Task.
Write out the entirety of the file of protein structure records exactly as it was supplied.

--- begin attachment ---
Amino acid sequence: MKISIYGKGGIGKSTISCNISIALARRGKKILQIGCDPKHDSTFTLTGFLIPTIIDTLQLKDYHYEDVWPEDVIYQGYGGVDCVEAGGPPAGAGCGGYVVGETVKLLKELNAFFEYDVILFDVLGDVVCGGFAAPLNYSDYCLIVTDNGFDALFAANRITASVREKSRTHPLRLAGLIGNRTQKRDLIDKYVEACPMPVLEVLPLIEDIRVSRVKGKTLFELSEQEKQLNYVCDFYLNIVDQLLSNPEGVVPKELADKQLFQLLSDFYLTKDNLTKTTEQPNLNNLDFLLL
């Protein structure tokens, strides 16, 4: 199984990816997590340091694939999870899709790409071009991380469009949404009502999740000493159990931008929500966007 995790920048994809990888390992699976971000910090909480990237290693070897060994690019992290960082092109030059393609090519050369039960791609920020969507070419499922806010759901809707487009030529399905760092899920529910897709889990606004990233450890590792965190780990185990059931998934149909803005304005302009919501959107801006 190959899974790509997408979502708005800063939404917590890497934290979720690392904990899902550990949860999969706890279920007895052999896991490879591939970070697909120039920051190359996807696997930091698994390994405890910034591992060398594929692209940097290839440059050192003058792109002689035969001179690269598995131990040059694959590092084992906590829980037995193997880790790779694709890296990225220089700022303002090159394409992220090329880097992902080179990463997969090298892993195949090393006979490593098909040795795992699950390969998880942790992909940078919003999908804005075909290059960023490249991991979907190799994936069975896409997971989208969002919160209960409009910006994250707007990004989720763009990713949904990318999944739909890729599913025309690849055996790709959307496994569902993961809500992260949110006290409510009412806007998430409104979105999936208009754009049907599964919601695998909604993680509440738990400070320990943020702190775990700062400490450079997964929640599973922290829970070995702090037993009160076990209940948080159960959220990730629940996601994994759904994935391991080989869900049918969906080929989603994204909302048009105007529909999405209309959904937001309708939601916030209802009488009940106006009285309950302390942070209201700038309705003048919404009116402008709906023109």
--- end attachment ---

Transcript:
Amino acid sequence: MKISIYGKGGIGKSTISCNISIALARRGKKILQIGCDPKHDSTFTLTGFLIPTIIDTLQLKDYHYEDVWPEDVIYQGYGGVDCVEAGGPPAGAGCGGYVVGETVKLLKELNAFFEYDVILFDVLGDVVCGGFAAPLNYSDYCLIVTDNGFDALFAANRITASVREKSRTHPLRLAGLIGNRTQKRDLIDKYVEACPMPVLEVLPLIEDIRVSRVKGKTLFELSEQEKQLNYVCDFYLNIVDQLLSNPEGVVPKELADKQLFQLLSDFYLTKDNLTKTTEQPNLNNLDFLLL
């Protein structure tokens, strides 16, 4: 199984990816997590340091694939999870899709790409071009991380469009949404009502999740000493159990931008929500966007 995790920048994809990888390992699976971000910090909480990237290693070897060994690019992290960082092109030059393609090519050369039960791609920020969507070419499922806010759901809707487009030529399905760092899920529910897709889990606004990233450890590792965190780990185990059931998934149909803005304005302009919501959107801006 190959899974790509997408979502708005800063939404917590890497934290979720690392904990899902550990949860999969706890279920007895052999896991490879591939970070697909120039920051190359996807696997930091698994390994405890910034591992060398594929692209940097290839440059050192003058792109002689035969001179690269598995131990040059694959590092084992906590829980037995193997880790790779694709890296990225220089700022303002090159394409992220090329880097992902080179990463997969090298892993195949090393006979490593098909040795795992699950390969998880942790992909940078919003999908804005075909290059960023490249991991979907190799994936069975896409997971989208969002919160209960409009910006994250707007990004989720763009990713949904990318999944739909890729599913025309690849055996790709959307496994569902993961809500992260949110006290409510009412806007998430409104979105999936208009754009049907599964919601695998909604993680509440738990400070320990943020702190775990700062400490450079997964929640599973922290829970070995702090037993009160076990209940948080159960959220990730629940996601994994759904994935391991080989869900049918969906080929989603994204909302048009105007529909999405209309959904937001309708939601916030209802009488009940106006009285309950302390942070209201700038309705003048919404009116402008709906023109």